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 Restaurants
Week of May 6, 2002
 

Mother's little helpers: Breakfast-in-bed basics at the Minnow's "Little Buddy" cooking classes.
roundup
Mother's Day Dining
There is a certain type of Mom for whom Mother's Day means one thing and one thing only: brunch at Tavern-on-the-Green, the mother of all Mother's Day venues. Call her the Traditional Mom or the Old-Fashioned Mom. She will accept no substitutes, and if you haven't made your reservation by now, you'll witness her sudden transformation into the Guilt-Tripping Mom. On the bright side, there's a Mother's Day menu for every personality type.




tasting

Cold Comfort
The Brooklyn Ice Cream Factory opened last fall with a streamlined assortment of classic, all-natural flavors, a spectacular location in a twenties fireboat house on the Brooklyn waterfront, and the financial backing of the River Café next door, where, unbeknownst to many, pastry chef Ellen Sternau concocts all the factory's toppings and syrups. The only thing missing, until recently, was hot fudge, a glaring omission for certain sundae enthusiasts. "It's one of the hardest things to get right," says perfectionist ice-cream maker Mark Thompson, who tasted the store-bought competition and charged Sternau with improving on it. She rose to the challenge, using high-grade Michel Cluizel chocolate with a 72 percent cacao content for deep, dark fudge that's worth the wait -- and a walk across the Brooklyn Bridge.
Brooklyn Ice Cream Factory
Fulton Ferry Landing, Brooklyn
718-246-3963

 

best of the week
Tribeca Festeja at Pico
To coincide with the Tribeca Film Festival (which runs through May 12), Pico restaurant will be offering this special prix fixe lunch and dinner menu. Hungry cineasts can expect Portuguese-inflected fare like roasted suckling pig, chilled almond-and-grape soup, and a frozen banana soufflé.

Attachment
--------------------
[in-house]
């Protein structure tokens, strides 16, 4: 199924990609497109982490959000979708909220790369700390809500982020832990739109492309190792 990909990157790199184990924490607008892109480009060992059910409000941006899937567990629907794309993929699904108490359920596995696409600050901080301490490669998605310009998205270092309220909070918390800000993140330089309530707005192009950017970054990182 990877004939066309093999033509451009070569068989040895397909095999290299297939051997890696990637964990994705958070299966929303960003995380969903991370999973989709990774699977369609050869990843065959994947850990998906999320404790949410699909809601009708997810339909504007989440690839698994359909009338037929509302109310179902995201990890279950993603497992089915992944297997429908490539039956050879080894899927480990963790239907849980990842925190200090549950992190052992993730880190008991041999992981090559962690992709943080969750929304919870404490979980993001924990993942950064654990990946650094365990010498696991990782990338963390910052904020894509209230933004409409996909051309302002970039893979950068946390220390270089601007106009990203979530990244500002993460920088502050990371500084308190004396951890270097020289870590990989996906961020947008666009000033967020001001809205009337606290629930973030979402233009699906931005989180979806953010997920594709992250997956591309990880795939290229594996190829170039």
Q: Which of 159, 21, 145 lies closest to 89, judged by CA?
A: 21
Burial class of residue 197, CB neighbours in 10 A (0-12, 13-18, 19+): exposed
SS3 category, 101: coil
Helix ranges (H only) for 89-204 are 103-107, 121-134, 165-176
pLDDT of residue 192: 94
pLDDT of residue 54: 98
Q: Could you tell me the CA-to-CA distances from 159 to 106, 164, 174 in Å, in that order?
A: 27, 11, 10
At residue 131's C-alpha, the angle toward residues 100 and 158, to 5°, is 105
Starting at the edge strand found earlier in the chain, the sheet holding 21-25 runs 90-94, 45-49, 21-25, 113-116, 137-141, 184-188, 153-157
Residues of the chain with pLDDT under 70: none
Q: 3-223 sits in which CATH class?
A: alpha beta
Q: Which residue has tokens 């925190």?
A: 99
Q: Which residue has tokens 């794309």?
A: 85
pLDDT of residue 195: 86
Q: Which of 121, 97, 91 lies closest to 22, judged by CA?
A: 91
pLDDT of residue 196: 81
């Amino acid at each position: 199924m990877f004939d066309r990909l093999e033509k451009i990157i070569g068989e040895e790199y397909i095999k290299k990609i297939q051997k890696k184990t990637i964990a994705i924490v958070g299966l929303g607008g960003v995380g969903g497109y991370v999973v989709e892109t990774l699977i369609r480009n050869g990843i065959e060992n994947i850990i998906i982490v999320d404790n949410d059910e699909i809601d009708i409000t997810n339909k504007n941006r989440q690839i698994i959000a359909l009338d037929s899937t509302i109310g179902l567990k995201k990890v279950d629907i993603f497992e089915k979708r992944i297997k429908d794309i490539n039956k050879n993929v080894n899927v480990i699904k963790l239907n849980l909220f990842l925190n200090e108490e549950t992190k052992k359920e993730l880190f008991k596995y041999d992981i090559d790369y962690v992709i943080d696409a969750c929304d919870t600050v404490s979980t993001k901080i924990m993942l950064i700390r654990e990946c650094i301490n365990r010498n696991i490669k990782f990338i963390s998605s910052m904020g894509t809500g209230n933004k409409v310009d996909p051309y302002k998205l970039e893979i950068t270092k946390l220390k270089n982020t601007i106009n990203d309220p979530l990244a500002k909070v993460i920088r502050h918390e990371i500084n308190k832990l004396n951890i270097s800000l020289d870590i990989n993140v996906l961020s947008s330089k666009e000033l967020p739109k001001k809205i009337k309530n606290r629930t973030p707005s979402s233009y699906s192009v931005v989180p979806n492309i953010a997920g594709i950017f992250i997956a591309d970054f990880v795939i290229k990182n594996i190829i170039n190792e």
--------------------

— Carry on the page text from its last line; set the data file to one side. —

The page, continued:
Pico
349 Greenwich Street
212-343-0700

 

object of desire
Tempesta in a Tomato
Arezzo's wood-oven-roasted rack of Colorado lamb would be the perfect, simple springtime dish if only that delinquent season would grace us with its presence. Chef Margherita Aloi rubs the lamb with thyme, sage, and rosemary and serves the fine, flavorful pink meat with pea shoots and a vine-ripe tomato, blanched and stuffed with a luscious mixture of goat cheese and an extra-large-grain couscous that she calls tempesta ("hail" in Italian), perhaps in an attempt to summon some precipitation and do something about the drought.
Arezzo
46 West 22nd Street
212-206-0555

 

new menu
Happy Meals
The owners of Double Happiness and Happy Ending specialize in converting quasi-notorious neighborhood landmarks -- a Little Italy "social club" in the first case, a Chinatown "men's health club" in the second -- into stylishly low-key lounges. They also own the popular restaurant Wyanoka, where chef-partner Chris Santos cooks aggressively flavored Asian- and Latino-accented food that's a perfect match for the Lower East Side locale. He's just introduced a delectable bar-food menu at Happy Ending, where the staff seems to be adjusting to the idea of serving toothsome barbecued-duck-confit empanadas, assembly-required Thai beef-lettuce wraps, and a lobster club with citrus-saffron rouille (pictured) in addition to martinis and Sierra Nevadas. "You want to start a tab?" asked our waitress, after we placed our dinner order.
Happy Ending
302 Broome Street
212-334-9676

Ask Gael
How about a new address for Chinese in midtown?
Cinnabar puzzles me. How sexy it is, with shadowy light, bare black tables, and tangles of curly willow branches lit from below. I'm wild for the shrimp-watercress dumplings and "flattened" duck from the barbecue. It's a kick watching the wok-play in the open kitchen. And the candied-ginger cooler is my new favorite cocktail. Here is lobster Cantonese, revived from our childhood. Razor clams in black-bean sauce and sensational Dungeness crab with ginger are musts. The lyrically complex Ma Po bean curd isn't Szechuan-torrid, but it's delicious. In fact, the place is retro, avant-garde, Hong Kong (let us wallow in our duck-salad mayo), and an homage to Shun Lee, all at once. Right now, the kitchen is scoring two out of three triumphs. But already the peppery thrill of the wonton chips has been tamed. Bad sign. And that post-millennial elevator music must go.
Cinnabar
235 West 56th Street
212-399-1100

Bites & Buzz Archive

Week of April 29
The China Fun heir; bar dining at D'Artagnan; the first annual sake summit; can Compass find the way?
Week of April 22
Tribeca's Bubby-que; '44' gets some South Beach sizzle; Batali's new book; Gael's déjà vu at Washington Park
Week of April 15
NYC's new water pressure; Is Blue Smoke the way to hog heaven?

and more ...



Photos: From top to bottom- Carina Salvi (2); Kenneth Chen (2); Patrik Rytikangas

 
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